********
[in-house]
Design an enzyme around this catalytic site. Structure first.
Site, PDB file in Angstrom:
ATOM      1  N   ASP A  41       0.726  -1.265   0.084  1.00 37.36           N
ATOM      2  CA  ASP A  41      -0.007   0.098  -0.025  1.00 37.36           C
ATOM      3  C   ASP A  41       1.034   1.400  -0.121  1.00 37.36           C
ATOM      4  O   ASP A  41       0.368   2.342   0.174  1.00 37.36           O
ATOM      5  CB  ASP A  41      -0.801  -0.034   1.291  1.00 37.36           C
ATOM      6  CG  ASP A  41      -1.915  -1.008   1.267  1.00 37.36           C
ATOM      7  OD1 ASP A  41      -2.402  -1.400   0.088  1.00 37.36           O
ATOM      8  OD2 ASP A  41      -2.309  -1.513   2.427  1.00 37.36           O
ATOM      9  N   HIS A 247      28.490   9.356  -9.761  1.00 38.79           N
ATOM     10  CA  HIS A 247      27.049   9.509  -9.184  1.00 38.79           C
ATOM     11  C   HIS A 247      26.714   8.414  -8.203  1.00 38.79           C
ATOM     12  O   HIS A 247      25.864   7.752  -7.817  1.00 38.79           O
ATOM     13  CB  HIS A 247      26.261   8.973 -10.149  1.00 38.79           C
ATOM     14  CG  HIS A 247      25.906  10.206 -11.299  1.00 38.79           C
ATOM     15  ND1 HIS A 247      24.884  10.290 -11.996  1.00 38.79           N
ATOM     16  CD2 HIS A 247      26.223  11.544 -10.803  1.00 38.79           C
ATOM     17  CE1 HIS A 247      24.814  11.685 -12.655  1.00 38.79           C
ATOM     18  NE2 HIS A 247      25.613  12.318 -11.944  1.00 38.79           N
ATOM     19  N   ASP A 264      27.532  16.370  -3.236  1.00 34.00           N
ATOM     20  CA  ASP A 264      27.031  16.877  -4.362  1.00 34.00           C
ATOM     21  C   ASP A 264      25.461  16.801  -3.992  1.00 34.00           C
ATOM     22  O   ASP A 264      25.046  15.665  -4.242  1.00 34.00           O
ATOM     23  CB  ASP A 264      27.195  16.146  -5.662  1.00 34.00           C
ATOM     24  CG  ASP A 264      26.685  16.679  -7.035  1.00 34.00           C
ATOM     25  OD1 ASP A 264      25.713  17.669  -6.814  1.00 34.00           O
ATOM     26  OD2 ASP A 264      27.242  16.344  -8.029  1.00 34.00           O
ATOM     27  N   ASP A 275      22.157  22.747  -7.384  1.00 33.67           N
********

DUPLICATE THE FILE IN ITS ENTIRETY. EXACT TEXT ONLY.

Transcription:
[in-house]
Design an enzyme around this catalytic site. Structure first.
Site, PDB file in Angstrom:
ATOM      1  N   ASP A  41       0.726  -1.265   0.084  1.00 37.36           N
ATOM      2  CA  ASP A  41      -0.007   0.098  -0.025  1.00 37.36           C
ATOM      3  C   ASP A  41       1.034   1.400  -0.121  1.00 37.36           C
ATOM      4  O   ASP A  41       0.368   2.342   0.174  1.00 37.36           O
ATOM      5  CB  ASP A  41      -0.801  -0.034   1.291  1.00 37.36           C
ATOM      6  CG  ASP A  41      -1.915  -1.008   1.267  1.00 37.36           C
ATOM      7  OD1 ASP A  41      -2.402  -1.400   0.088  1.00 37.36           O
ATOM      8  OD2 ASP A  41      -2.309  -1.513   2.427  1.00 37.36           O
ATOM      9  N   HIS A 247      28.490   9.356  -9.761  1.00 38.79           N
ATOM     10  CA  HIS A 247      27.049   9.509  -9.184  1.00 38.79           C
ATOM     11  C   HIS A 247      26.714   8.414  -8.203  1.00 38.79           C
ATOM     12  O   HIS A 247      25.864   7.752  -7.817  1.00 38.79           O
ATOM     13  CB  HIS A 247      26.261   8.973 -10.149  1.00 38.79           C
ATOM     14  CG  HIS A 247      25.906  10.206 -11.299  1.00 38.79           C
ATOM     15  ND1 HIS A 247      24.884  10.290 -11.996  1.00 38.79           N
ATOM     16  CD2 HIS A 247      26.223  11.544 -10.803  1.00 38.79           C
ATOM     17  CE1 HIS A 247      24.814  11.685 -12.655  1.00 38.79           C
ATOM     18  NE2 HIS A 247      25.613  12.318 -11.944  1.00 38.79           N
ATOM     19  N   ASP A 264      27.532  16.370  -3.236  1.00 34.00           N
ATOM     20  CA  ASP A 264      27.031  16.877  -4.362  1.00 34.00           C
ATOM     21  C   ASP A 264      25.461  16.801  -3.992  1.00 34.00           C
ATOM     22  O   ASP A 264      25.046  15.665  -4.242  1.00 34.00           O
ATOM     23  CB  ASP A 264      27.195  16.146  -5.662  1.00 34.00           C
ATOM     24  CG  ASP A 264      26.685  16.679  -7.035  1.00 34.00           C
ATOM     25  OD1 ASP A 264      25.713  17.669  -6.814  1.00 34.00           O
ATOM     26  OD2 ASP A 264      27.242  16.344  -8.029  1.00 34.00           O
ATOM     27  N   ASP A 275      22.157  22.747  -7.384  1.00 33.67           N